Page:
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Fans wonder what `Wonka' update will bring.

Byline: Lewis Taylor The Register-Guard

In the 1971 film "Willy Wonka & the Chocolate Factory," Gene Wilder brought a sarcastic element to the character of Wonka. But Johnny Depp's interpretation of the character in "Charlie & the Chocolate Factory" looks more like Michael Jackson.

That's one bit of early buzz among the hard core Wonka fans who have been carefully keeping an eye on this film long before it started shooting in 2004. Director Tim Burton has dismissed the comparison by explaining that while Jackson likes kids, Wonka does not.

Whatever the inspiration, the film, which is based on the classic 1964 Roald Dahl children's book, is already looking to be more successful than the original.

The 1971 film flopped when it opened and only later became a cult favorite, says Randi Schmelzer, a Los Angeles-based reporter for Adweek Magazine who did a dissertation on the subject of `Charlie & the Chocolate Factory' while a student at the Evergreen State College in Olympia.

"I expect it to be much closer to what Roald Dahl would have liked," Schmelzer said. "He hated the original. He thought it was awful. This new one is much closer. It even has the blessing of Felicity Dahl, his widow."

Wonka lovers such as Schmelzer started off being wary of the new film version, which is not technically a remake. Originally, names such as Jim Carrey, Will Smith and even Marilyn Manson were being suggested for the part of Wonka, but Depp won out.

No matter how the new film is perceived, it's doubtful it will take much away from the earlier screen version, which had snozzberries that tasted like snozzberries and golden tickets and chocolate tunnels - so many new words and phrases that are now part of the pop culture lexicon that it's hard to keep track of them all.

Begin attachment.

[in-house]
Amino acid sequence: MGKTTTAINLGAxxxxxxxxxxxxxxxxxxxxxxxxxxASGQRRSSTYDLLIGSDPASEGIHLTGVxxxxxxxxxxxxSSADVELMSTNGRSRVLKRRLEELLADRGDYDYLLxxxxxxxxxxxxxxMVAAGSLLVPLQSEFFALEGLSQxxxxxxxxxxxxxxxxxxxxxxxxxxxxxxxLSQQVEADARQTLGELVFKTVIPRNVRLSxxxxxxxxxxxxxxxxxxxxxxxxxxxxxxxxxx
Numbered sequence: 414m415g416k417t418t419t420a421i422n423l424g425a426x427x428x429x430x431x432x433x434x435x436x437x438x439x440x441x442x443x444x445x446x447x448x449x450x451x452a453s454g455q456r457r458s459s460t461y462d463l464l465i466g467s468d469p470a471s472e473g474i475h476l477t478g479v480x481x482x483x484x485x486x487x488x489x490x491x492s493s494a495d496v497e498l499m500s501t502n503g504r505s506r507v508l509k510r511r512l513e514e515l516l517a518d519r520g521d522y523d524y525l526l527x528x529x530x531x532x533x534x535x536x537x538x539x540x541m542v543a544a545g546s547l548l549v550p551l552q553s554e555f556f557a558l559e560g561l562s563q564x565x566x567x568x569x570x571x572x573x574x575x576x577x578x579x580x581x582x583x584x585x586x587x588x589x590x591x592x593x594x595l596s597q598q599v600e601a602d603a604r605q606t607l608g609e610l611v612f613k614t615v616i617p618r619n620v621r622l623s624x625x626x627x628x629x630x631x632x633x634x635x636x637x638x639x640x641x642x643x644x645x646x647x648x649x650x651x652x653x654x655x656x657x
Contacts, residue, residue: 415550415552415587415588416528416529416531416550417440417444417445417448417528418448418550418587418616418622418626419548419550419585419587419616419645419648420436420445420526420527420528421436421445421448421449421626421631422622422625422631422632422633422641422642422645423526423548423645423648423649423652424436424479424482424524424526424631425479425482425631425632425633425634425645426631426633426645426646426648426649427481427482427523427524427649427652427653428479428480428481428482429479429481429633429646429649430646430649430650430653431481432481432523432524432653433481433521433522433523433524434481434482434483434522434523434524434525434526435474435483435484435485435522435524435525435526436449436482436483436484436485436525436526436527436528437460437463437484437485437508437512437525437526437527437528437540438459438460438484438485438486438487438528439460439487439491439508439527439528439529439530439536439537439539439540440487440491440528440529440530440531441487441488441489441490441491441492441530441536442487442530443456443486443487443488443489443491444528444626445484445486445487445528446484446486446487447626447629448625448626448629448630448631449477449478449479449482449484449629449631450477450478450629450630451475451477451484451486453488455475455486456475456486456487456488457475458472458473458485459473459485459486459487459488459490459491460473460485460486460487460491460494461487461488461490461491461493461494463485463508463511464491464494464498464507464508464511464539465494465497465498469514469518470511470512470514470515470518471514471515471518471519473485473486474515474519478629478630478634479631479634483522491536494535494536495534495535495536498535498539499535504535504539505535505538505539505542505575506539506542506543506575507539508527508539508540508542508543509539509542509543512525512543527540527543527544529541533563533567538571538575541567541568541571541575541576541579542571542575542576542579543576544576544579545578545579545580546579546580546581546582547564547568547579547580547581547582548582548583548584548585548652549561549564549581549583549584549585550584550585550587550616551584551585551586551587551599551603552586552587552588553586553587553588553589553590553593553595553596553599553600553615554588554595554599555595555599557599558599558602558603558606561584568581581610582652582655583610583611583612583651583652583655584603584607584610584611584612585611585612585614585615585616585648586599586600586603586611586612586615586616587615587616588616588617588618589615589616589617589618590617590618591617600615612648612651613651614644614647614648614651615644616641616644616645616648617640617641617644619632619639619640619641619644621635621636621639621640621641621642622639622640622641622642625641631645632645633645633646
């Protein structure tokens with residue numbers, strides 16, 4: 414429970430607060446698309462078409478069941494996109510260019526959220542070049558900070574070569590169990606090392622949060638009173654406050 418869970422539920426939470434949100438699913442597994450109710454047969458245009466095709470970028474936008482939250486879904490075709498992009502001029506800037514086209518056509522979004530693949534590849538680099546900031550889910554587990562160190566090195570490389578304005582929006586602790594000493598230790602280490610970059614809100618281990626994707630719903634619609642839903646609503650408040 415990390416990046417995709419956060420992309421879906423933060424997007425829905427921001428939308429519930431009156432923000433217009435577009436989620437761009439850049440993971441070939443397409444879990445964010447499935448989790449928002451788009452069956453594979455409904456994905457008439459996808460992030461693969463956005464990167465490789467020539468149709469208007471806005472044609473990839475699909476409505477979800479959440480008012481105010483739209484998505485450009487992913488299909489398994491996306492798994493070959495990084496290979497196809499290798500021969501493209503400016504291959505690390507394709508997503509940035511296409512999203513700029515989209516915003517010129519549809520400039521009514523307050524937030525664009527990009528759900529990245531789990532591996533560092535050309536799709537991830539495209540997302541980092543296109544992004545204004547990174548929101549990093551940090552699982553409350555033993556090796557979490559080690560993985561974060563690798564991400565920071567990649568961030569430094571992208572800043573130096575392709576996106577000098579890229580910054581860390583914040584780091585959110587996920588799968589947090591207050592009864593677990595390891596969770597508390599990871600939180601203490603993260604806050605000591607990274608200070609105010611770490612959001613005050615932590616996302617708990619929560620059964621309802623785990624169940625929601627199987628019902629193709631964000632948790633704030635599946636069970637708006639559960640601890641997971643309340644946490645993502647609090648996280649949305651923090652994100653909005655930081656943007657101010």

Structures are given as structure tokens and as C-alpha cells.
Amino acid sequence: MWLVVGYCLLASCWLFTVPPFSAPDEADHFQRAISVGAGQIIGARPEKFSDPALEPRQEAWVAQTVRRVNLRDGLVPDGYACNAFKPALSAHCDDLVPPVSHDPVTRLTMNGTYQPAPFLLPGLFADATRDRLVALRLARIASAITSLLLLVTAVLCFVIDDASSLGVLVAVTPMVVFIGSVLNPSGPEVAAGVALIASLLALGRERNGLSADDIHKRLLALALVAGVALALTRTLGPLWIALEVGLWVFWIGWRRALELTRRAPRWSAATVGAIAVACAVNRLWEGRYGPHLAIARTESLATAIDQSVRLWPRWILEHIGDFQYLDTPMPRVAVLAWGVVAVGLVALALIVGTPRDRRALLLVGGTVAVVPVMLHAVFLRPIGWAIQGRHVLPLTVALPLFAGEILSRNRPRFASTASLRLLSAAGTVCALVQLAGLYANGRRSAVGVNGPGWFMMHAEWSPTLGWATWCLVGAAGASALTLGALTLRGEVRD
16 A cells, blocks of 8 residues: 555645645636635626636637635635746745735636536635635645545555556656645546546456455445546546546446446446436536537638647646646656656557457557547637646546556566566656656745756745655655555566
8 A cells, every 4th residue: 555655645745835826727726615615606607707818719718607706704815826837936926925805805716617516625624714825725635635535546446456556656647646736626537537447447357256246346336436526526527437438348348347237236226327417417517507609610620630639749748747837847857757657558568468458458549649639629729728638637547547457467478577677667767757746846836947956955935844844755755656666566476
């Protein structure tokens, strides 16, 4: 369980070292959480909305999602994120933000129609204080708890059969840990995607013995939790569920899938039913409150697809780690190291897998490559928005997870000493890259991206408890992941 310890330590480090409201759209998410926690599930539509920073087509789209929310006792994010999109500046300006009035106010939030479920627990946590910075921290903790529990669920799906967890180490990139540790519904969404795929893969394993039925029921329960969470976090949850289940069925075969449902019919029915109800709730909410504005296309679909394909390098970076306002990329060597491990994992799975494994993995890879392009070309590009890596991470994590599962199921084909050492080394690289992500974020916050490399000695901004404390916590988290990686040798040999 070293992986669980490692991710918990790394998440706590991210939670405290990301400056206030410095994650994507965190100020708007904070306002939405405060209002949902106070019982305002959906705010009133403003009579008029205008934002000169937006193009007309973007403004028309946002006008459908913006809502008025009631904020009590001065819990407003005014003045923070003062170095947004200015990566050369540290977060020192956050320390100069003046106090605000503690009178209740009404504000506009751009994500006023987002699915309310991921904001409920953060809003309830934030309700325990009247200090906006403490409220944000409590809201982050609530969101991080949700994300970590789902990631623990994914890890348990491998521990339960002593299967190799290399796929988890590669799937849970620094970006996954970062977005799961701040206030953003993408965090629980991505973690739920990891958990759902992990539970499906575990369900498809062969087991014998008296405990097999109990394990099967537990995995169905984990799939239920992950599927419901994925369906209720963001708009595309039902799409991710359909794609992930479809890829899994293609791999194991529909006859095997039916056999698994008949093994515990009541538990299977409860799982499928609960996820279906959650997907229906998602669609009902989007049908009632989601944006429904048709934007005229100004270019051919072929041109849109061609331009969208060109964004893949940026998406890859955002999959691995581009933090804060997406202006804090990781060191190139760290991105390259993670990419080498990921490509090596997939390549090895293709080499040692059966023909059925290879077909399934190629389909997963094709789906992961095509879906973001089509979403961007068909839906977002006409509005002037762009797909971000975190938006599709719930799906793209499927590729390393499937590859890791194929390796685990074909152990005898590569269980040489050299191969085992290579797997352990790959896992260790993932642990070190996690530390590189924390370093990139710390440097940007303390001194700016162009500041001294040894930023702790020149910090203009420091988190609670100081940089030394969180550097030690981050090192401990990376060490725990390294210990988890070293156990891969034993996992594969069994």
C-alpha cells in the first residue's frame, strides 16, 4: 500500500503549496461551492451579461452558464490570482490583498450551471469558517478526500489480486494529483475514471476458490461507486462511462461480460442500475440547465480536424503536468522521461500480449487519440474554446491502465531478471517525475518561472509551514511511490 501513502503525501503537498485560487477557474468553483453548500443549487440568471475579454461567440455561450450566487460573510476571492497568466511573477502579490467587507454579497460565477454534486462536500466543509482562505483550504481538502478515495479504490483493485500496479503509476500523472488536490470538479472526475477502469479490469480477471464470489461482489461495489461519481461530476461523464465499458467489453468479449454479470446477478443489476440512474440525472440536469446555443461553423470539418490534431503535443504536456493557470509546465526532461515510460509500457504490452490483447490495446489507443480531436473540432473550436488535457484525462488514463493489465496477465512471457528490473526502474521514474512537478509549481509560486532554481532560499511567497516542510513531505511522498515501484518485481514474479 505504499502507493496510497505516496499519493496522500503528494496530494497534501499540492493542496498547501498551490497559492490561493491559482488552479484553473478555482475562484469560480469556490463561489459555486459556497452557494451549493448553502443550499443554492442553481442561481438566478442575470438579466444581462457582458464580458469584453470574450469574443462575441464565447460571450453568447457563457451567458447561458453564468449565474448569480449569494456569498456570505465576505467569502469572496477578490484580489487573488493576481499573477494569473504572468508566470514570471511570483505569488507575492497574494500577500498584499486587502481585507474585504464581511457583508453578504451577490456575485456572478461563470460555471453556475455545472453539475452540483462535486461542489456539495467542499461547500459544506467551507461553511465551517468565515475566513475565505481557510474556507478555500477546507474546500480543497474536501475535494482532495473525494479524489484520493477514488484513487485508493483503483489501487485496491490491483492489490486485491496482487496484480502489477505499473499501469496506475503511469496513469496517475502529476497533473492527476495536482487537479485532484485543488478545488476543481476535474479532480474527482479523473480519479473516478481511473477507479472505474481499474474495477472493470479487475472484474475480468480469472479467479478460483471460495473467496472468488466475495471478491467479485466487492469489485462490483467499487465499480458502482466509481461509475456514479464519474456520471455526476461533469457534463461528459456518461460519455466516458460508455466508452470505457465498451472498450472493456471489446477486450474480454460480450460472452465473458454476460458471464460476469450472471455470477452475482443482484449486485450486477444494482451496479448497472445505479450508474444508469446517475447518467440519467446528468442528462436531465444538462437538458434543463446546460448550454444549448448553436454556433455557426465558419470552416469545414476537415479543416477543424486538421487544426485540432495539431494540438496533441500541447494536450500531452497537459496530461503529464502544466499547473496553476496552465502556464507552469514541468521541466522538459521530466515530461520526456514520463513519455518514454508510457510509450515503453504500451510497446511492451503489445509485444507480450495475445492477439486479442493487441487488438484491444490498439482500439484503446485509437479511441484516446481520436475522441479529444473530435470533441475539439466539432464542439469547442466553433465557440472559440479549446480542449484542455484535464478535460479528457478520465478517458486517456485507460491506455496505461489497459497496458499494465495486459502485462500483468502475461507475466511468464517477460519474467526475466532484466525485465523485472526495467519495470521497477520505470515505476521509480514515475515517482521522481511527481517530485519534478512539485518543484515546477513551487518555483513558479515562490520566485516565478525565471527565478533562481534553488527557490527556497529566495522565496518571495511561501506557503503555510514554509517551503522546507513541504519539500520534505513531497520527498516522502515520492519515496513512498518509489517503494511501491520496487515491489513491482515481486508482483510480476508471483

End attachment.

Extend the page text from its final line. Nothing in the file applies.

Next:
"How many times do we sing the Oompa-Loompa song?" wondered Tammy Deppert, a manager at Flicks and Pics in Eugene. "Oompa-Loompa doompadee doo."

The first "Wonka" is played often in the South Eugene store, and Deppert has stocked up on extra copies in anticipation of the new movie's release.

Sarah Mendonca, another Flicks and Pics employee, says the nostalgia factor with the 1971 film is huge.

"I grew up watching it. ... I have kind of a special place in my heart (for it)," she said. "It was part of my childhood. It will be fun and interesting to see what Tim Burton is going to do with it."

The new film has some notable differences from the original. The Oompa-Loompas are all played by one actor, and instead of golden geese laying eggs, there are squirrels shelling nuts. And, Burton decided Wonka's troubled childhood warranted a subplot.

Also, Depp does no singing in the new version, something that should make local film buff Jym Wyant happy.

"I wasn't a big fan of the first movie," Wyant said. "I found the songs very irritating."

But at the heart of it all, the Willy Wonka story remains the same. Charlie, the polite, good-hearted boy from a working class family who wins a ticket to tour the candy factory that nobody has seen in 15 years. He encounters greed and gluttony and all sorts of brattiness and, in the end, is awarded the factory by virtue of his integrity.

"What is better than candy in the imagination of a child, or a grown up for that matter," said James "Izzy" Whetstine, who played the character of Wonka in a 2003 Rose Children's Theatre production of the story.

"Every kid loves candy. Wouldn't you like to win the factory?"

Michelle Schimmer, who directed Whetstine in the production, said she looked for a certain degree of toughness in casting Wonka, the central character in the play.

"I looked for somebody who was fun but not scary, was kind, but was a leader and didn't take any nonsense from kids.

"Wonka," she explained, "is larger than life."

Lewis Taylor can be reached at 338-2512 or ltaylor@guardnet .com.

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Gene Wilder in `Willy Wonka and the Chocolate Factory.'
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Title Annotation:Entertainment; Despite concern's about Depp's interpretation, fans can't wait to unwrap the update of `Willy Wonka'
Publication:The Register-Guard (Eugene, OR)
Geographic Code:1USA
Date:Jul 15, 2005
Words:675
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